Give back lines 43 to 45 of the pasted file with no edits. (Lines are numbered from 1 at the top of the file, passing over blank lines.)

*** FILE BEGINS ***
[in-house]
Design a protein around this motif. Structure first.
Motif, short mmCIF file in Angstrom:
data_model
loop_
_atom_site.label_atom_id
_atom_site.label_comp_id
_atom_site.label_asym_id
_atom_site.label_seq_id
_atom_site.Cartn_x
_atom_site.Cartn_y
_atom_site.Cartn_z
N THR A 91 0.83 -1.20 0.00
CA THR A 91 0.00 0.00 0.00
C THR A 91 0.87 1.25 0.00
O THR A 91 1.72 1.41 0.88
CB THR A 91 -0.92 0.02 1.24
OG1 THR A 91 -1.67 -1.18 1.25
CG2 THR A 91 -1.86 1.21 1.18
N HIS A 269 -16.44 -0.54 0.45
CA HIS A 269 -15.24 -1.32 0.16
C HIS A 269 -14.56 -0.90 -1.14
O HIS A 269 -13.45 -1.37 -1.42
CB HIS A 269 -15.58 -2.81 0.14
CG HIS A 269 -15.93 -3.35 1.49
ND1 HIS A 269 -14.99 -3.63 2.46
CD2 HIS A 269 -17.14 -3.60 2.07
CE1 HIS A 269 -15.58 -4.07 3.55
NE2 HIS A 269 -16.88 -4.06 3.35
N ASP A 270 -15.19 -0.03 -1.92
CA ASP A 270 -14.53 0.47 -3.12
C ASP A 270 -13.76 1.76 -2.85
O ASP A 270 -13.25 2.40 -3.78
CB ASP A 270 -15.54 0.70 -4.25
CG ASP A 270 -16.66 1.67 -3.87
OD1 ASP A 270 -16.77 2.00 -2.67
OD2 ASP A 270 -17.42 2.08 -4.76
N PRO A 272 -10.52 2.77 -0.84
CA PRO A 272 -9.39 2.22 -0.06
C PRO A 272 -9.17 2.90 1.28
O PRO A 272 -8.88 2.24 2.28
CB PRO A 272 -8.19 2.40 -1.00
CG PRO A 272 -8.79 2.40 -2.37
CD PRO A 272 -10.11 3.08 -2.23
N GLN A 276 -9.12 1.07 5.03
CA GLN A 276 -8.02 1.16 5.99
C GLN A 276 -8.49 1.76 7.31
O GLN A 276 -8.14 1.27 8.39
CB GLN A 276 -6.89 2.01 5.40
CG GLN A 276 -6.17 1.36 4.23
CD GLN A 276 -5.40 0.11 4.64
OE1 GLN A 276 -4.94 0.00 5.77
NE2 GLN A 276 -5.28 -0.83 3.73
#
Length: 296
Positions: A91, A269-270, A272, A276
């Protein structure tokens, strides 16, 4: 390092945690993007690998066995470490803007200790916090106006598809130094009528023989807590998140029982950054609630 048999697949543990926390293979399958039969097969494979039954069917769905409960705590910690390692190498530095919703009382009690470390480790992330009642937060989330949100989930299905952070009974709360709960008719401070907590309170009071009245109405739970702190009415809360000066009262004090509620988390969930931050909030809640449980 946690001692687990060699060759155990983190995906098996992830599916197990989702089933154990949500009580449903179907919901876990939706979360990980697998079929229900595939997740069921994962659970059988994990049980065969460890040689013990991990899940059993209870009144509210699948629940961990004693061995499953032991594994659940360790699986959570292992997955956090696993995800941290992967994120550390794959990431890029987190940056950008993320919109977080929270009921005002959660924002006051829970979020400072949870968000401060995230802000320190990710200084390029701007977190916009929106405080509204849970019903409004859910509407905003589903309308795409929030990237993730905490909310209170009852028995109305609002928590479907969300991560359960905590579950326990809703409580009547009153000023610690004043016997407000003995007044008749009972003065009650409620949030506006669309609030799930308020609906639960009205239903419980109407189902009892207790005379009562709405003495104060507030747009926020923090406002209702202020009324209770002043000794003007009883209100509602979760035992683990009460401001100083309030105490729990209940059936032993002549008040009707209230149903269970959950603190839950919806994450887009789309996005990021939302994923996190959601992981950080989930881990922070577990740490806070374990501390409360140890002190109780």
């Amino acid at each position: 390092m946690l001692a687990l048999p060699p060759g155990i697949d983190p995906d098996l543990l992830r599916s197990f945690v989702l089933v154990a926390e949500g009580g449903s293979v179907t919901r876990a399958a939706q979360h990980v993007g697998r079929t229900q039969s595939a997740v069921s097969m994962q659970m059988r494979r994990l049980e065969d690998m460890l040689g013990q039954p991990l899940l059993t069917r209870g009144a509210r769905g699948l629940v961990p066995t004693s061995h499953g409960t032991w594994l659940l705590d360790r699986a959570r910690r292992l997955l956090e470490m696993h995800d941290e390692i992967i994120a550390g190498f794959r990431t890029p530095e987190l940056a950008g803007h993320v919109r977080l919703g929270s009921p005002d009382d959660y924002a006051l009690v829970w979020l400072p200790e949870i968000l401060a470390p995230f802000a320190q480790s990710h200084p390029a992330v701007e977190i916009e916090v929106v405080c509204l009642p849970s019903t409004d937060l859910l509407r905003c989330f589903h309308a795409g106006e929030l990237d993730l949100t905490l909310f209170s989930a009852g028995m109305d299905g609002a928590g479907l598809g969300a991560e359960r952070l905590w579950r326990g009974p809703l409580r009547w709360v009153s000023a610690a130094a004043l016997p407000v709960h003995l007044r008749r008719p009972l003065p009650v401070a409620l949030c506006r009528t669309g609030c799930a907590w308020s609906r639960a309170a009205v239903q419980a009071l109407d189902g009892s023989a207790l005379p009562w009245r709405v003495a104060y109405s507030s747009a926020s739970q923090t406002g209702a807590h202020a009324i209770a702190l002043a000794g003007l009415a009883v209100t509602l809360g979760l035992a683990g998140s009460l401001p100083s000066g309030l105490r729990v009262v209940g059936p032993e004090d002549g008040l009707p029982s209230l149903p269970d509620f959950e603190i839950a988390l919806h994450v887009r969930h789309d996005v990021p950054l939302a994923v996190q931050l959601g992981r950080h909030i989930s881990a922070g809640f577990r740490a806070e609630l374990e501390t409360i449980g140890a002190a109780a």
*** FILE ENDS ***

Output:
CG PRO A 272 -8.79 2.40 -2.37
CD PRO A 272 -10.11 3.08 -2.23
N GLN A 276 -9.12 1.07 5.03